Journal Article
Journal of Medieval and Early Modern Studies (1 May 2013) 43 (2): 219–245.
Published: 01 May 2013
... inherence theory with its extramental intentions and real qualities. Moston’s personal notes docu- ment the “augmentation, rarefaction, and intension” of qualities.48 Reginald Pecock and the Carthusian theologian Thomas Netter of Walden continued to see intelligibility as a diminished kind of...
Journal Article
Journal of Medieval and Early Modern Studies (1 September 2016) 46 (3): 455–483.
Published: 01 September 2016
... “influence” of the Glossa Ordinaria on Langland’s poem. But as he later reads more and more in Christian traditions, he finds such allegorizations of Christ’s parables in St. Augustine, in Bede, in Dionysius the Carthusian, and in many, many other commentators. So what he had first excitedly and...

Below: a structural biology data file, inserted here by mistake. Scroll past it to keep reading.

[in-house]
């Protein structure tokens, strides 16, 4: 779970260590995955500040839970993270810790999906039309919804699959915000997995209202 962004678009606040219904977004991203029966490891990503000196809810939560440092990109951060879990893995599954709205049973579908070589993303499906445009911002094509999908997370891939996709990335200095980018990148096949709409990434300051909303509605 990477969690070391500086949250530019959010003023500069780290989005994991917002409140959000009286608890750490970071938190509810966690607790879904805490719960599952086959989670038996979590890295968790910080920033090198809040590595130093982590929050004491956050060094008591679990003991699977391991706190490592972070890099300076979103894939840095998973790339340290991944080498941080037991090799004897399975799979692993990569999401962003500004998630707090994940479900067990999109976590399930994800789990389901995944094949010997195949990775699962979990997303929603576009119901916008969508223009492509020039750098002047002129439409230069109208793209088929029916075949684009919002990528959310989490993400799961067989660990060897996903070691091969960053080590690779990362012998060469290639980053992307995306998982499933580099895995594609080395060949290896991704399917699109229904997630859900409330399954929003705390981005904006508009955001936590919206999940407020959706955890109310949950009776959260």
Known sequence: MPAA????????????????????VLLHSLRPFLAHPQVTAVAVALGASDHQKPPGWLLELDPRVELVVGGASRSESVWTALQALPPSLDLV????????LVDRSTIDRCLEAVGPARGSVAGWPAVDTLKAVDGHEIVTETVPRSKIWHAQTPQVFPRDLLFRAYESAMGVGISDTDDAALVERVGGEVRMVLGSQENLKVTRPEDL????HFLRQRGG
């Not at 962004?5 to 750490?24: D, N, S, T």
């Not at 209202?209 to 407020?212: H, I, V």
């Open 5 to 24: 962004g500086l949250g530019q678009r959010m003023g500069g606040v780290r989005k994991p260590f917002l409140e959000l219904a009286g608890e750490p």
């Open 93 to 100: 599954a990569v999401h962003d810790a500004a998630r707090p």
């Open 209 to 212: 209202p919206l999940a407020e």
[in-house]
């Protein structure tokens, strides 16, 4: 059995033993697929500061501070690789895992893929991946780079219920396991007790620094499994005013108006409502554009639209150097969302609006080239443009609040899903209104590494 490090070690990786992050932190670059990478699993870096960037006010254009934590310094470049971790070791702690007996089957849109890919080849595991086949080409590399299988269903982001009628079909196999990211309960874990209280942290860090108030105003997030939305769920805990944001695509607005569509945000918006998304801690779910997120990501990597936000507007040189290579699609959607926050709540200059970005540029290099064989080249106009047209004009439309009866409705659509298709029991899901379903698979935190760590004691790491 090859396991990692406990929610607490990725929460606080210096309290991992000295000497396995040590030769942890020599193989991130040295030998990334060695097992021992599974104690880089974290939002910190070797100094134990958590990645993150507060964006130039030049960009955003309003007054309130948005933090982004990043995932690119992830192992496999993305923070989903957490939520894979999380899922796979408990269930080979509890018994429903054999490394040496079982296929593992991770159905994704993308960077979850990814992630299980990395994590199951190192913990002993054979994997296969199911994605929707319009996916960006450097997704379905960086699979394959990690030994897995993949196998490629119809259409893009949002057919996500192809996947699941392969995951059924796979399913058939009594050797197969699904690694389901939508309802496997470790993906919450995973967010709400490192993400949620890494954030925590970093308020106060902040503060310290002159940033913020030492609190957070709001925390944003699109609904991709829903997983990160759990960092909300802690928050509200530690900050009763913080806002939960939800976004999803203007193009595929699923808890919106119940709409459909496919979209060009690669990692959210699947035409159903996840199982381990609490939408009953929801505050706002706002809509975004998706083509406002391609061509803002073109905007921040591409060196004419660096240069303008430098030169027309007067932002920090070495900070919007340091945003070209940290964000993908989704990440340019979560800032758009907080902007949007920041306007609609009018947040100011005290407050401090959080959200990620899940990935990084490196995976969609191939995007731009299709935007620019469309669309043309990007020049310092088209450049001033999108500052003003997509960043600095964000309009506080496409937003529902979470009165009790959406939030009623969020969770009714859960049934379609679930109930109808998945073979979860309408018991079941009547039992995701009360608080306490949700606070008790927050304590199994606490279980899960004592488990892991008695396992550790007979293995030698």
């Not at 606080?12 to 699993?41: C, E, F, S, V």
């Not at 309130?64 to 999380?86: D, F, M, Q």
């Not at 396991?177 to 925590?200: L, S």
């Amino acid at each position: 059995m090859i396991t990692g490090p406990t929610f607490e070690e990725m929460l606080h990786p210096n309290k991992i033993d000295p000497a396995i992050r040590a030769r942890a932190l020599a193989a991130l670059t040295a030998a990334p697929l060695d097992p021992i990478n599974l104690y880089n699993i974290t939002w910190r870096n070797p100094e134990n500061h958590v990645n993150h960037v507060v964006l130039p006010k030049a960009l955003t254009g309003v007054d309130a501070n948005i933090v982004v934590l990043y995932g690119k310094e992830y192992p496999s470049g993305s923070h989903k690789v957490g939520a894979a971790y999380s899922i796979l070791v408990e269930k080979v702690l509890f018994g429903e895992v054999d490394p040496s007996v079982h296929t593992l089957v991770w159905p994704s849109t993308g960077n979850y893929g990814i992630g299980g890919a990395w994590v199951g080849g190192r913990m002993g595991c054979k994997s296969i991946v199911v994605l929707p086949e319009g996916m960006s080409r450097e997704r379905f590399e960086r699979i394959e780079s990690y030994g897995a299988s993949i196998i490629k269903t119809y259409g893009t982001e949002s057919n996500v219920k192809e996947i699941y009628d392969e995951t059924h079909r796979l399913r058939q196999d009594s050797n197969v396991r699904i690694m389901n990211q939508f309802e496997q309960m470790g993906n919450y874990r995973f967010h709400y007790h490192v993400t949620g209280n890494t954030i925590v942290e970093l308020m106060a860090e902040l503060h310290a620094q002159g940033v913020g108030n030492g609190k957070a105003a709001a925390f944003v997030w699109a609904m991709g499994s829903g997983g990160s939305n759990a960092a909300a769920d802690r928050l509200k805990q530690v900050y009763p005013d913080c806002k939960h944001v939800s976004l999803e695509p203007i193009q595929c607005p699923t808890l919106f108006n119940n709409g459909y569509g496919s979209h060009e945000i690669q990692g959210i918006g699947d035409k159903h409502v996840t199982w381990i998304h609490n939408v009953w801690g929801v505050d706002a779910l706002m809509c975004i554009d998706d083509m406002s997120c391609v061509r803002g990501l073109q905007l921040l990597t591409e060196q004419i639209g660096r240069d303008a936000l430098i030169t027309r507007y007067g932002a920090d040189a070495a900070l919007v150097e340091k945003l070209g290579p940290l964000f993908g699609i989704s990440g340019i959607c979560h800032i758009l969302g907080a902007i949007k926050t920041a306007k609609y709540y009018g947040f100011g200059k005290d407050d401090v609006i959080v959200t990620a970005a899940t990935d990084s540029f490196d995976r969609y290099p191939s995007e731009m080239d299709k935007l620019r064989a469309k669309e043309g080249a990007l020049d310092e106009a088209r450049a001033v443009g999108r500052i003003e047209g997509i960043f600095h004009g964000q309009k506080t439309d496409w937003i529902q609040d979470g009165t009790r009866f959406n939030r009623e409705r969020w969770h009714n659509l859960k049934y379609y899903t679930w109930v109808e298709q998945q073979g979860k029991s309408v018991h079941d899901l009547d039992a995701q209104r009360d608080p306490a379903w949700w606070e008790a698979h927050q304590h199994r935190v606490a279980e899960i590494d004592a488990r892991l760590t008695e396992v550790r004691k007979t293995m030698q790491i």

Journal Article
Journal of Medieval and Early Modern Studies (1 January 2006) 36 (1): 35–74.
Published: 01 January 2006
Journal Article
Journal of Medieval and Early Modern Studies (1 January 2000) 30 (1): 5–40.
Published: 01 January 2000
Journal Article
Journal of Medieval and Early Modern Studies (1 May 2006) 36 (2): 397–453.
Published: 01 May 2006
... in 1639, following three decades of travel through continental Europe, and was greeted by a Catholic queen; she began her last years in Yorkshire living near Mount Grace, in a house once owned by the Carthusian community that had preserved, and four times commented upon, the Book of Margery...